Another van took us down to Hidroelectric, a way-stop that’s just what it sounds like, a hydroelectric plant that provides electricity to much of Peru. The ride down the narrow mountain road was as scary as the zip-line. We had lunch on a deck shared by other tour groups. We nixed our initial plan to walk to Aguas Calientes and instead enjoyed cold beverages while waiting for the train. The Vistadome was very comfortable and provided us with nice views of the mountains surrounding Machu Picchu.

While Carlos found an open laundry service for us, we took the showers we had been fantasizing about. If it weren’t for the trek t-shirt, I wouldn’t have had anything clean to wear to dinner. When I got back from dropping off our laundry (3 soles/kilo), Nancy had arrived. Nancy is my best friend from high school and we’ve kept in touch all these years. She arrived in Cusco yesterday, took a half day city tour, and then toured the Sacred Valley on her way to joining us in Aguas Calientes. We went to dinner with Carlos. My avocado vinaigrette and Pisco Sour were the best I’ve had yet.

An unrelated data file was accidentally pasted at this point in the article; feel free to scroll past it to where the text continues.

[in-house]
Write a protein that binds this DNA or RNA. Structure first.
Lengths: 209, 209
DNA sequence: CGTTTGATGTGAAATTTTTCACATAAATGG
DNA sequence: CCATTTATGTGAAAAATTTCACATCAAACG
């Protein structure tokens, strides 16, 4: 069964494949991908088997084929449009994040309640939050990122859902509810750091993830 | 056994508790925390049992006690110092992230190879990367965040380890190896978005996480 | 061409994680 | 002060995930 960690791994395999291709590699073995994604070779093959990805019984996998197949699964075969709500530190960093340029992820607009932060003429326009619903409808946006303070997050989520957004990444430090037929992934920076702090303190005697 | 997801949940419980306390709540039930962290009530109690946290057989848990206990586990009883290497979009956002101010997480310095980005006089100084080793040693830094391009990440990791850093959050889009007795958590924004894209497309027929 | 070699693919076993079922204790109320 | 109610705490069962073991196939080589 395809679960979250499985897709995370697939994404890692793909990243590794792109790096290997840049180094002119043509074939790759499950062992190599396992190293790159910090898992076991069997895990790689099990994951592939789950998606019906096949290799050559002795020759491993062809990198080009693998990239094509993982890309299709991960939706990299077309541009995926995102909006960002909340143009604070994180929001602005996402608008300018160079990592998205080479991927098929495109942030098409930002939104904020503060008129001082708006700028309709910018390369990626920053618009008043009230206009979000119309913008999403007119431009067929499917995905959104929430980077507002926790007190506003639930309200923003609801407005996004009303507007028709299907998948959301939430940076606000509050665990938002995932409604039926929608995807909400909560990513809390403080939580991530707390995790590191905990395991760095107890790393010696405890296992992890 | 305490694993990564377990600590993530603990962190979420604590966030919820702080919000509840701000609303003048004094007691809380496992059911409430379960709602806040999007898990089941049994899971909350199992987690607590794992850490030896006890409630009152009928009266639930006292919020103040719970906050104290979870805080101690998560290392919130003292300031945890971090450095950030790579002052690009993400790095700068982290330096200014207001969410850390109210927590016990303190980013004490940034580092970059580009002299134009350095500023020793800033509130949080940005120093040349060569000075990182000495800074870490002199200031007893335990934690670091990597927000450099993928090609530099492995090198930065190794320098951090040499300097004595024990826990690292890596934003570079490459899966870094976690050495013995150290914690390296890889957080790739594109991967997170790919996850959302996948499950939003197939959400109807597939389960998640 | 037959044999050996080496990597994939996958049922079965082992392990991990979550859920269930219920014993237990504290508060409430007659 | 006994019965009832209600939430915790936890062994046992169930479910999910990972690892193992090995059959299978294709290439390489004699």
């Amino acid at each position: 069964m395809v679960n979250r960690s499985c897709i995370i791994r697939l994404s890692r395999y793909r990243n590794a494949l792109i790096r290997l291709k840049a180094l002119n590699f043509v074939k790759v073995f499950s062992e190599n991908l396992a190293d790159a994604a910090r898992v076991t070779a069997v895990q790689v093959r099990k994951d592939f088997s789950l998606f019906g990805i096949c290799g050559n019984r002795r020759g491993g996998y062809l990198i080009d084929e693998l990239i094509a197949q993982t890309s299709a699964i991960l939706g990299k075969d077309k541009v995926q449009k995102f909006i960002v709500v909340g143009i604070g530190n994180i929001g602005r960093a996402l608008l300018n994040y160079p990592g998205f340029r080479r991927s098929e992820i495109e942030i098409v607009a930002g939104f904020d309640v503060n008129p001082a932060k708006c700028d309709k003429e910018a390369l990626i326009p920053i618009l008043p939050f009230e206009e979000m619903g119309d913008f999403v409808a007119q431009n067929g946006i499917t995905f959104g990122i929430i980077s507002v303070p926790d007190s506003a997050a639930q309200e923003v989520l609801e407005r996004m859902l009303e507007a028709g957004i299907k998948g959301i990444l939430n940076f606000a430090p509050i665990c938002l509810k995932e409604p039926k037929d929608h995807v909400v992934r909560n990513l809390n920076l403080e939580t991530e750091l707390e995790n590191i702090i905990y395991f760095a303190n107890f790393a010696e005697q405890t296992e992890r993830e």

Salkantay Trek- Day 1

We survived the Salkantay trek, a wonderful and miserable adventure.

Day 1 – Salkantay Pass (May 22)
This was one of the toughest hikes I’ve ever done, thanks to the altitude and weather. I had anticipated taking photos of snow-capped peaks, instead the snow was falling on me during the “dry” season (climate change strikes again).